Senior Henry Kreienbaum Looks Ahead to Baseball

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By Jerry Reid

Henry Kreienbaum
Henry Kreienbaum

Moving towards a date with destiny known as graduation, versatile Warriors football and baseball player Henry Kreienbaum has much to be thankful for and to remember.

Seared on his memory is the last football game of his career—the epic Staunton River playoff frenzy that ended with the Warriors on the short end of an 85-79 score that represented the most points scored in a single game in Virginia since 1925. His four years saw him as part of a tight group that posted three Jefferson District titles, a Regional title and 41 wins.

James Madison University will be his next stop. JMU will also be a place where he will challenge the odds, scratching his baseball itch with a walk-on attempt. Knowing full well that only a few in any college sport will see paydays as a pro, playing baseball at the college level qualifies as an attainable dream for him.

During his last hurrah, Kreienbaum, who was an all-in type of player, scored six times on rushes, threw two TD passes and chalked up another two scores on pass receptions. His memories of that last game, though, remained strong well after the last whistle blew.

“It was definitely going out with a bang; great game all-around. We battled through a lot of adversity. The first play of the game Matthew Mullin (a key inside linebacker) went down with an injury. He was a huge part of our defensive team,” he recalled. Mullin, though, would fight back on that last shot under the Friday Night Lights and help his team on the offensive end. “Crazy, crazy way to go out,” he said. “You expect nothing less with all of the fun, all of the excitement we had the past four years. I’ll never put on the pads again, but going out like that, I guess I can’t complain.”

Injuries played a part in Kreienbaum’s last year, stopping him short of duplicating or bettering his previous year’s efforts. “The third game of the year [Spotswood], I landed funny on my shoulder and sprained my AC joint, which kind of set me back. I rolled my ankle in the Charlottesville game. That hurt pretty bad. In the Albemarle game I was running a route and Sam (Hearn) scrambled out of the pocket and I tried to block a kid so he could get around the corner and get a TD. He scored, but I tweaked my back a bit,” he recalled. He allowed that “he was bigger than I sized him up to be,” and recollections from others on the sideline heard the hit all the way across the field; it was a big-league play against a much bigger opponent. He shrugged off the pain, saying “all my injuries were fairly minor, didn’t set me back very much.”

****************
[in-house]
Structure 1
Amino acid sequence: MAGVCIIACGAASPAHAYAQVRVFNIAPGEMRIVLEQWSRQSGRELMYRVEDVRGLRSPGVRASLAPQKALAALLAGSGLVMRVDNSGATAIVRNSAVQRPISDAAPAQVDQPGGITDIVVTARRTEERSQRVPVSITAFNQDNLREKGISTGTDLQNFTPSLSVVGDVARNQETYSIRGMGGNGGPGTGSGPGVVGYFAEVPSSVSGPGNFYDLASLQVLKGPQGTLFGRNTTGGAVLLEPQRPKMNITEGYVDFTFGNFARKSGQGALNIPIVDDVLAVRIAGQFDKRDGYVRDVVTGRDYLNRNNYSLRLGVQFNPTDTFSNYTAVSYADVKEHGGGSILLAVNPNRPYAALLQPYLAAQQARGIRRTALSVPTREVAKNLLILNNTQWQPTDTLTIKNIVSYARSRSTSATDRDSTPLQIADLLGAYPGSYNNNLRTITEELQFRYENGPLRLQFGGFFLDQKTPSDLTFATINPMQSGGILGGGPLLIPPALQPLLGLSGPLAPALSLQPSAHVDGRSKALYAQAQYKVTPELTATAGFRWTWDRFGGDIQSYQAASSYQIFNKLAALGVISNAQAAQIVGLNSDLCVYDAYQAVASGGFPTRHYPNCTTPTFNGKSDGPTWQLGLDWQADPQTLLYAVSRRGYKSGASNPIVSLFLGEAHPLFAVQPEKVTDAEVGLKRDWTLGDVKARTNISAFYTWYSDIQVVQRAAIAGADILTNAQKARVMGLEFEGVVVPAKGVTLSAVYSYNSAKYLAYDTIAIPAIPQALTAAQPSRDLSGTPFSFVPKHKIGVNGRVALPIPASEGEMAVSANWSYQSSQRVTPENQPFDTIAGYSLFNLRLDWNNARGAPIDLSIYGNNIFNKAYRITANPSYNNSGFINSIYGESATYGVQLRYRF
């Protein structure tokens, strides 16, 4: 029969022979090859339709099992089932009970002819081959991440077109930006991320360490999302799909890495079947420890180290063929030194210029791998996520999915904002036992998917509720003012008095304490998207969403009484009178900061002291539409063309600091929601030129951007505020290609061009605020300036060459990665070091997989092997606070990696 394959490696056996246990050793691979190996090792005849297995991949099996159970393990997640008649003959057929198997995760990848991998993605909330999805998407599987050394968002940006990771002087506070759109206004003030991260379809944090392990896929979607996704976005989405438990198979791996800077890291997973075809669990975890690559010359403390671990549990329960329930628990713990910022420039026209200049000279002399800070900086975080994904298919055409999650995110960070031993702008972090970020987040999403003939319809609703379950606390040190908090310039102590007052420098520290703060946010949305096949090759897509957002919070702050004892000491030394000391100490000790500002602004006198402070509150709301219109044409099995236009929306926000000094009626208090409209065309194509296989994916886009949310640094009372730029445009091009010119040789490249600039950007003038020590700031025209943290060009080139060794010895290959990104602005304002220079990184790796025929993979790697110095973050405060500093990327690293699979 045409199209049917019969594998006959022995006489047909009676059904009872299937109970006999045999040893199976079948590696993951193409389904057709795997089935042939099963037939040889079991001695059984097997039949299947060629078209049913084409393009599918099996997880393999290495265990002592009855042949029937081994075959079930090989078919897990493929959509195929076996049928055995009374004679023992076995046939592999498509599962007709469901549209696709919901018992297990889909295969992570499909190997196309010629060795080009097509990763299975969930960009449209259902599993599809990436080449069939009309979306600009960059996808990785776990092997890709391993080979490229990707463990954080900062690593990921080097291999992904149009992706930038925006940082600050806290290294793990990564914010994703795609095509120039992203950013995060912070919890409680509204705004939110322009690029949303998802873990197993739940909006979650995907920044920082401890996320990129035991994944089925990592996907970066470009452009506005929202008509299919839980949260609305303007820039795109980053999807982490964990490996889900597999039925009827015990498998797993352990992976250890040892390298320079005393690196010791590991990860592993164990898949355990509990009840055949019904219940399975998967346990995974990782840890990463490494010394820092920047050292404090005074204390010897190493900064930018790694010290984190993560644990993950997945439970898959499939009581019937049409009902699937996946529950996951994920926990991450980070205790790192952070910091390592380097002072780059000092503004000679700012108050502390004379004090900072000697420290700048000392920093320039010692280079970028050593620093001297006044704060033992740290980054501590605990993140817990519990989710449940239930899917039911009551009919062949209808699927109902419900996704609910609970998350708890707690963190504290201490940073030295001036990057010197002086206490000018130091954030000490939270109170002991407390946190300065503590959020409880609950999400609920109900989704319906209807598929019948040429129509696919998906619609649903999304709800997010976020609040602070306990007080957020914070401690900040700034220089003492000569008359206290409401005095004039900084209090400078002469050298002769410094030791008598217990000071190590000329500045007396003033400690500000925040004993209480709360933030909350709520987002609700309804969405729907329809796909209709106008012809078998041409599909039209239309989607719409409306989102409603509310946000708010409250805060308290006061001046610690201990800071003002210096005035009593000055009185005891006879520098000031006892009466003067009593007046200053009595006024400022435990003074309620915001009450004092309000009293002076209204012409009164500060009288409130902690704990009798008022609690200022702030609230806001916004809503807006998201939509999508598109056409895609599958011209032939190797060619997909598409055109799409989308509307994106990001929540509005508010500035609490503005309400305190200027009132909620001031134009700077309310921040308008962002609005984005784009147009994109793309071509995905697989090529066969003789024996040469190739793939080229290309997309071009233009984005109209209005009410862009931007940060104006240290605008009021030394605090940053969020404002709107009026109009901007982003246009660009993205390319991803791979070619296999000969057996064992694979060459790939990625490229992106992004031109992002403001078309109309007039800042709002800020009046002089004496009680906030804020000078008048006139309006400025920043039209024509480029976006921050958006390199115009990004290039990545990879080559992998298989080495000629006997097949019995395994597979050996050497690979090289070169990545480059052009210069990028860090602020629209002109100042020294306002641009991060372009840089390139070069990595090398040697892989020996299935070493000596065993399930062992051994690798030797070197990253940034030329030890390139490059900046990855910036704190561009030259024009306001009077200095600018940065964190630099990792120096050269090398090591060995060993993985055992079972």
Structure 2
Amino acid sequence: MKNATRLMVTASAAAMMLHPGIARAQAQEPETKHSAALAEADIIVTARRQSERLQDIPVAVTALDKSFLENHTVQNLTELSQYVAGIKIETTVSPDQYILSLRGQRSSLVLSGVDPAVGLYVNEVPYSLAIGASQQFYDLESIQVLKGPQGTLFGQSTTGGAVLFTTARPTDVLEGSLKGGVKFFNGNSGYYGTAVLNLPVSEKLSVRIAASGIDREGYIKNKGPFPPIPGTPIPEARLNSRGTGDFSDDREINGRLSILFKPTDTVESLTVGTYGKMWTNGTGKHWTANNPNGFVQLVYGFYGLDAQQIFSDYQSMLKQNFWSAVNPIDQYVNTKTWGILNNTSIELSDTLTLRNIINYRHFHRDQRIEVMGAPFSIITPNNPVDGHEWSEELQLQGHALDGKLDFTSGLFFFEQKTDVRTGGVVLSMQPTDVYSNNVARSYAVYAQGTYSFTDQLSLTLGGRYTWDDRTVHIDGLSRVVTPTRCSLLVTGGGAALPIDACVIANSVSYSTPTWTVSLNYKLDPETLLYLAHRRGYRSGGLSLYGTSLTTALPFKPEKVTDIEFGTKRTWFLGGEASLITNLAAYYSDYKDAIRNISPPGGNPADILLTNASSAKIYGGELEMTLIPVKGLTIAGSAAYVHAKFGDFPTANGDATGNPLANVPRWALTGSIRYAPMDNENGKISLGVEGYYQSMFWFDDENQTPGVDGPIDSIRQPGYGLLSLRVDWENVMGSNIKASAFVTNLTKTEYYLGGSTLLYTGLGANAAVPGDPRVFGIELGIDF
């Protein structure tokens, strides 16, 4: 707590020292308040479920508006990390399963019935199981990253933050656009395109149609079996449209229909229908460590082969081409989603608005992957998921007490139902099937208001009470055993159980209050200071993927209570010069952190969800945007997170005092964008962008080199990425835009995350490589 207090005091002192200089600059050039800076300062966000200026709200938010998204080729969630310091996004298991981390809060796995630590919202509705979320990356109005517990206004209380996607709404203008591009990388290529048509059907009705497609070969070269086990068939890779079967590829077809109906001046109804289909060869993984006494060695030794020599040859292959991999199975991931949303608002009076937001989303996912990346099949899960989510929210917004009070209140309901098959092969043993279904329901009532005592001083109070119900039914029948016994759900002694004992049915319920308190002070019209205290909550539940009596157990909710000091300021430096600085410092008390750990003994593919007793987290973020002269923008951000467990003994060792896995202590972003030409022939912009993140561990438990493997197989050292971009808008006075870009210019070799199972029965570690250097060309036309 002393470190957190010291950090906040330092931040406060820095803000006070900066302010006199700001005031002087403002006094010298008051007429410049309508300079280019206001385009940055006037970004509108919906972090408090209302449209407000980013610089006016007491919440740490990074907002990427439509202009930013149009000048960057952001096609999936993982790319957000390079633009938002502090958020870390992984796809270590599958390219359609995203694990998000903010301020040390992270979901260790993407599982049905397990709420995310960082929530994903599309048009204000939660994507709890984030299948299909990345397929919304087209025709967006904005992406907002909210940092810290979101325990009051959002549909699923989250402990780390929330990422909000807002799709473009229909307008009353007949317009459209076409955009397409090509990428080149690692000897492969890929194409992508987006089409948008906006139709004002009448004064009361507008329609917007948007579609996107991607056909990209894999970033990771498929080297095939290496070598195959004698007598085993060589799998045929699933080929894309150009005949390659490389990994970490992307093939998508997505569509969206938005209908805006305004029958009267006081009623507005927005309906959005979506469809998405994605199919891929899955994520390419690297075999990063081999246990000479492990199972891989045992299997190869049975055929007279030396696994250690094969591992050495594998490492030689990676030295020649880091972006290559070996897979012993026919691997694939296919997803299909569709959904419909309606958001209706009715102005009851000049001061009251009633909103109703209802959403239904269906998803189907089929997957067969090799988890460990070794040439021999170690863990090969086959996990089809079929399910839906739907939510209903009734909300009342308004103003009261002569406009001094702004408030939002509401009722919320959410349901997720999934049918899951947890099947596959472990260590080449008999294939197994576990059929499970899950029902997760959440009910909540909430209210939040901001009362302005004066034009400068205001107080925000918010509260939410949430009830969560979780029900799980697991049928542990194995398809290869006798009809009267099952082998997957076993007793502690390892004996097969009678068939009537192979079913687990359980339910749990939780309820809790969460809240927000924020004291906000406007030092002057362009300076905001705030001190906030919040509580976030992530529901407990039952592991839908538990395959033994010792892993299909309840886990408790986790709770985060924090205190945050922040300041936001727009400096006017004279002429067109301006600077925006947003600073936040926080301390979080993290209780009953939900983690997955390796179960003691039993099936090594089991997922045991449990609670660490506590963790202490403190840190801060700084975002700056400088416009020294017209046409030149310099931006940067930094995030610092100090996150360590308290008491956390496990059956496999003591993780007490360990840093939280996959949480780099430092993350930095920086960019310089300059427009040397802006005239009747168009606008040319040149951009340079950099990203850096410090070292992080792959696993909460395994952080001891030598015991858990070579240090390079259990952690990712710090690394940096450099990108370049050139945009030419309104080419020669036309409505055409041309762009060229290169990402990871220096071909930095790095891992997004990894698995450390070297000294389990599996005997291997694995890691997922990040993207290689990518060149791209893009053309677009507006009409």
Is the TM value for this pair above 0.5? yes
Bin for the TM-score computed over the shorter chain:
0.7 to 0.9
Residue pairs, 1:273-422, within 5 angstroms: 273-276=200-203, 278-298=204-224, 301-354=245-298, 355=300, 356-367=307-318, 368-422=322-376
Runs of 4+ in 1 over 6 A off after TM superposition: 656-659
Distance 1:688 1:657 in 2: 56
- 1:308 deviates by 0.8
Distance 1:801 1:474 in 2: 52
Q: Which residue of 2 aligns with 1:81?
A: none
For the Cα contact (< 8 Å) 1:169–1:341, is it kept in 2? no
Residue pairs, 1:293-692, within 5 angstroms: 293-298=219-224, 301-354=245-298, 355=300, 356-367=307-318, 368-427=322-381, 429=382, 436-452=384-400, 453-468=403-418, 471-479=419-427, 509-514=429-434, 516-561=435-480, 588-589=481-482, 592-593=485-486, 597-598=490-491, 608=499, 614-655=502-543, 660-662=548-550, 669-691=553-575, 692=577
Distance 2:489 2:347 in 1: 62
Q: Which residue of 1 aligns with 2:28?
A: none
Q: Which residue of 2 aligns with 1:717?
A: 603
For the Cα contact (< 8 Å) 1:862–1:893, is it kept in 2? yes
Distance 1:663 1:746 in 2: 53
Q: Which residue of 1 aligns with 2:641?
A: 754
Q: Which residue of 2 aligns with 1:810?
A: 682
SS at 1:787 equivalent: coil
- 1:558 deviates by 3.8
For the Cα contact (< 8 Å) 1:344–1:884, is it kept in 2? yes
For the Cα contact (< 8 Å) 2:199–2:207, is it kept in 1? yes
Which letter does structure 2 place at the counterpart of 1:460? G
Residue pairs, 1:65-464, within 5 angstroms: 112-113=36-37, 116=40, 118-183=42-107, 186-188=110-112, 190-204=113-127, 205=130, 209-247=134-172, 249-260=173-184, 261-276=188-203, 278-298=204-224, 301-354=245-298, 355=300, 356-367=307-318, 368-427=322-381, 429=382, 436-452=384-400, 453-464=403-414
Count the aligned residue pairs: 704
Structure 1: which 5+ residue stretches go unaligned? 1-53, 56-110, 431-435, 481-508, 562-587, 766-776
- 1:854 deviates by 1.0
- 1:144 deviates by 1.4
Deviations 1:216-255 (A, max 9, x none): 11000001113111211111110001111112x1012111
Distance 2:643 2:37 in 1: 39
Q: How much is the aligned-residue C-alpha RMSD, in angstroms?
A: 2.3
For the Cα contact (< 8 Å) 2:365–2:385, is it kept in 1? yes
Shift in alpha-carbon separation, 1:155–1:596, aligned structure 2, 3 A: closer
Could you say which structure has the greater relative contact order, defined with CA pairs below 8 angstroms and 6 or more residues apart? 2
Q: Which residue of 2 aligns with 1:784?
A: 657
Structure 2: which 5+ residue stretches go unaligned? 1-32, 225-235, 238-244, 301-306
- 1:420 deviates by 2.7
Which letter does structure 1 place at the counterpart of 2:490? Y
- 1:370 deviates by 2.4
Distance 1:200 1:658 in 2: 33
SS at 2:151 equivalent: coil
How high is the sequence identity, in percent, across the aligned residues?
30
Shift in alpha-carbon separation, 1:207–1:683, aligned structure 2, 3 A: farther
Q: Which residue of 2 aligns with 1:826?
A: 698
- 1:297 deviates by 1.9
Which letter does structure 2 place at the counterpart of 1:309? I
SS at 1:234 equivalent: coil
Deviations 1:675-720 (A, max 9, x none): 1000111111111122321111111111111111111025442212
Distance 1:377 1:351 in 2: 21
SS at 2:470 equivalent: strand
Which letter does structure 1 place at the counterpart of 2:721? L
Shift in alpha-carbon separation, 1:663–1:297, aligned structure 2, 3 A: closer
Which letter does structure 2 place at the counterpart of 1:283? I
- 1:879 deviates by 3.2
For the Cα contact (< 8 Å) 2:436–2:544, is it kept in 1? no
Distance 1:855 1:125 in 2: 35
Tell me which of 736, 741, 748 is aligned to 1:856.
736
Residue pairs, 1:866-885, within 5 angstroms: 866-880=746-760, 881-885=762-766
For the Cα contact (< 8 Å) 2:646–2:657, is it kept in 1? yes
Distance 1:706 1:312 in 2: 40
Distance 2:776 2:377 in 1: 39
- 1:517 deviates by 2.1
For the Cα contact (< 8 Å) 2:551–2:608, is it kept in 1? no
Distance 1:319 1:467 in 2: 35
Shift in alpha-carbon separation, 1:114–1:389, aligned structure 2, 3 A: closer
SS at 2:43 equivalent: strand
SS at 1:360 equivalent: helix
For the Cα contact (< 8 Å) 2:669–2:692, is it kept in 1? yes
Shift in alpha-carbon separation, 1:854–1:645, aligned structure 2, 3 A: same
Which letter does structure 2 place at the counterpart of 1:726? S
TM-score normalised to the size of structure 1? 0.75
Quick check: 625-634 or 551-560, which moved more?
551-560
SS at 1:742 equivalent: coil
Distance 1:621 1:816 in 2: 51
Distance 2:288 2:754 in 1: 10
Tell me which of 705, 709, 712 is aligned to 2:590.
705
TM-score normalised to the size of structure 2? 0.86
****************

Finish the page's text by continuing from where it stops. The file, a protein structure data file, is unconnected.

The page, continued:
Aside from the educational efforts, though, baseball will be on his mind as he begins his stay at JMU. It has been his lifetime love as a sport. Kreienbaum played it 12 months a year for some time as a youngster, and  then backed off from the diamond for a while. He will attempt to take an outfield slot. Meanwhile, he has yet another season full of opportunities to learn and improve as a Warrior, roaming the pastures.

There must be something in the water in Crozet that makes these athletes and students love WAHS. The feeling breaks through from these boys and girls that the worst day at this school is better than the best day anywhere else. Kreienbaum is no different, and his sincere assessment of what has been, and what he might become, is still refreshing no matter how many times it’s said.

“It’s been unbelievable; it’s been a great time these four years. It’s sad to say that I’ll be moving out of this place. The academics have been good for me. I like to think I’m a good student. I’ve got a lot of good teachers, taking a lot of good classes that have sparked my interest in a lot of different subjects,” he said wistfully.

And just like his willingness in academics, he added that he came to football with Coach Redmond with an open mind, ready to learn. “I came in my freshman year, not knowing what to expect, just planned to have fun. I mean my love for the sport has just grown. I mean, all he [Redmond] has done, working together, building the chemistry between all of us, taking us under his wing . . . being a mentor for all of us . . . I would definitely ask Coach Redmond for advice before any other adult in school.” Good men build good men.

The college years now beckon and he will pursue a business major, and maybe double-major in something to do with sports and recreational management. And maybe sometime down the road he will skip out of the dugout, run across the baseline and take his rightfully earned place in the outfield of the JMU baseball team. If that doesn’t happen, he’ll play and win on the field of business.

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